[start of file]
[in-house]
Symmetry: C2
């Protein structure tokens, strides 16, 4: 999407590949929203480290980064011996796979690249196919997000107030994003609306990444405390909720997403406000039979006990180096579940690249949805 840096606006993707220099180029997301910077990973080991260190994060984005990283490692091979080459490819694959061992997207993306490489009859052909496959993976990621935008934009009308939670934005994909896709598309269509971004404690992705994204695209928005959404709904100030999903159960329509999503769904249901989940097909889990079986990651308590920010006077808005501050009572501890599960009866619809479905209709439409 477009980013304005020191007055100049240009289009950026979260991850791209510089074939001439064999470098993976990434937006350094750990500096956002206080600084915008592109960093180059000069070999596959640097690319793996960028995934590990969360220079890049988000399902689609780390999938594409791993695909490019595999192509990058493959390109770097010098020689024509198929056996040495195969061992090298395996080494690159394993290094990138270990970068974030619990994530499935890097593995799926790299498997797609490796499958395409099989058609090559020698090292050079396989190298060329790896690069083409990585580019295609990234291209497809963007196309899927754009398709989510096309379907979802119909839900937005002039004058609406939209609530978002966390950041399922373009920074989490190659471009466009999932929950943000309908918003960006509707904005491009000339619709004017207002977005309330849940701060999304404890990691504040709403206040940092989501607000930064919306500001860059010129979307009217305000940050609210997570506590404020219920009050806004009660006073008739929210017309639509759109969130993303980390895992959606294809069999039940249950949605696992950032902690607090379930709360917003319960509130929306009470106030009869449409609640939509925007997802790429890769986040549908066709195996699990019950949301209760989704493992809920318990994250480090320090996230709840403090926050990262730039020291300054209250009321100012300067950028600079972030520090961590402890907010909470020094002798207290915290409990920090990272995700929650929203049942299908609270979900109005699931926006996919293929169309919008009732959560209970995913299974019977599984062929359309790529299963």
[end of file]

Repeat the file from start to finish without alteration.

[in-house]
Symmetry: C2
């Protein structure tokens, strides 16, 4: 999407590949929203480290980064011996796979690249196919997000107030994003609306990444405390909720997403406000039979006990180096579940690249949805 840096606006993707220099180029997301910077990973080991260190994060984005990283490692091979080459490819694959061992997207993306490489009859052909496959993976990621935008934009009308939670934005994909896709598309269509971004404690992705994204695209928005959404709904100030999903159960329509999503769904249901989940097909889990079986990651308590920010006077808005501050009572501890599960009866619809479905209709439409 477009980013304005020191007055100049240009289009950026979260991850791209510089074939001439064999470098993976990434937006350094750990500096956002206080600084915008592109960093180059000069070999596959640097690319793996960028995934590990969360220079890049988000399902689609780390999938594409791993695909490019595999192509990058493959390109770097010098020689024509198929056996040495195969061992090298395996080494690159394993290094990138270990970068974030619990994530499935890097593995799926790299498997797609490796499958395409099989058609090559020698090292050079396989190298060329790896690069083409990585580019295609990234291209497809963007196309899927754009398709989510096309379907979802119909839900937005002039004058609406939209609530978002966390950041399922373009920074989490190659471009466009999932929950943000309908918003960006509707904005491009000339619709004017207002977005309330849940701060999304404890990691504040709403206040940092989501607000930064919306500001860059010129979307009217305000940050609210997570506590404020219920009050806004009660006073008739929210017309639509759109969130993303980390895992959606294809069999039940249950949605696992950032902690607090379930709360917003319960509130929306009470106030009869449409609640939509925007997802790429890769986040549908066709195996699990019950949301209760989704493992809920318990994250480090320090996230709840403090926050990262730039020291300054209250009321100012300067950028600079972030520090961590402890907010909470020094002798207290915290409990920090990272995700929650929203049942299908609270979900109005699931926006996919293929169309919008009732959560209970995913299974019977599984062929359309790529299963």